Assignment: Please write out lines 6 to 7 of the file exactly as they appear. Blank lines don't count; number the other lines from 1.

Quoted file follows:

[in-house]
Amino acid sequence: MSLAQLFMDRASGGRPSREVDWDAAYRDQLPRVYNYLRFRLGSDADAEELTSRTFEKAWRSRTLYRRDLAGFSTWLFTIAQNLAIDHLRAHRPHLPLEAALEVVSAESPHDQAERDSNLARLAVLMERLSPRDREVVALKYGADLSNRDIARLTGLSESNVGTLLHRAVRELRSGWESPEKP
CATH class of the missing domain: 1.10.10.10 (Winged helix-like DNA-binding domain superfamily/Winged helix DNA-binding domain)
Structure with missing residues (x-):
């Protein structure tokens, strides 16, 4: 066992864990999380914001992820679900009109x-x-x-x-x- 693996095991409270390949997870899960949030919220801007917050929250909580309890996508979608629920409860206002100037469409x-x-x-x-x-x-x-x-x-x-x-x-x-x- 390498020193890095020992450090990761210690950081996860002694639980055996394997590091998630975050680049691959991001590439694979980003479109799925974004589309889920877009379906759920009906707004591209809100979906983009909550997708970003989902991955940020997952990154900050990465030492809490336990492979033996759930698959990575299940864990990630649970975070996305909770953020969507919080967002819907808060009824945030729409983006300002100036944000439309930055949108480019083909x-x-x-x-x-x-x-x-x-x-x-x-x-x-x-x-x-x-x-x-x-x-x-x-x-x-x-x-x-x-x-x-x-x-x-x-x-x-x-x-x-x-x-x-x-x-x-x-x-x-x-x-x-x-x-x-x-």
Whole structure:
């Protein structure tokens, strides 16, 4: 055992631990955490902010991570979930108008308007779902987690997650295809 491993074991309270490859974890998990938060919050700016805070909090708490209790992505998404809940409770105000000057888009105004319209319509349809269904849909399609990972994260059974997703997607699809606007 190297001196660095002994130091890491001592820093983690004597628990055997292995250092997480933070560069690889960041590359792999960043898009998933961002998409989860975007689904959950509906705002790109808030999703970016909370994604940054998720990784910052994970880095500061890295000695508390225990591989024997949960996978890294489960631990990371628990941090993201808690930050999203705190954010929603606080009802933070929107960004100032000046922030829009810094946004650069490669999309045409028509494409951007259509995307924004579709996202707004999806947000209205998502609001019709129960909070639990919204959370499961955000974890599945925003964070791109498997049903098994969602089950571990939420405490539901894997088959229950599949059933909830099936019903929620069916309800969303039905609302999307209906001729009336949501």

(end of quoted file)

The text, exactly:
Whole structure:
């Protein structure tokens, strides 16, 4: 055992631990955490902010991570979930108008308007779902987690997650295809 491993074991309270490859974890998990938060919050700016805070909090708490209790992505998404809940409770105000000057888009105004319209319509349809269904849909399609990972994260059974997703997607699809606007 190297001196660095002994130091890491001592820093983690004597628990055997292995250092997480933070560069690889960041590359792999960043898009998933961002998409989860975007689904959950509906705002790109808030999703970016909370994604940054998720990784910052994970880095500061890295000695508390225990591989024997949960996978890294489960631990990371628990941090993201808690930050999203705190954010929603606080009802933070929107960004100032000046922030829009810094946004650069490669999309045409028509494409951007259509995307924004579709996202707004999806947000209205998502609001019709129960909070639990919204959370499961955000974890599945925003964070791109498997049903098994969602089950571990939420405490539901894997088959229950599949059933909830099936019903929620069916309800969303039905609302999307209906001729009336949501």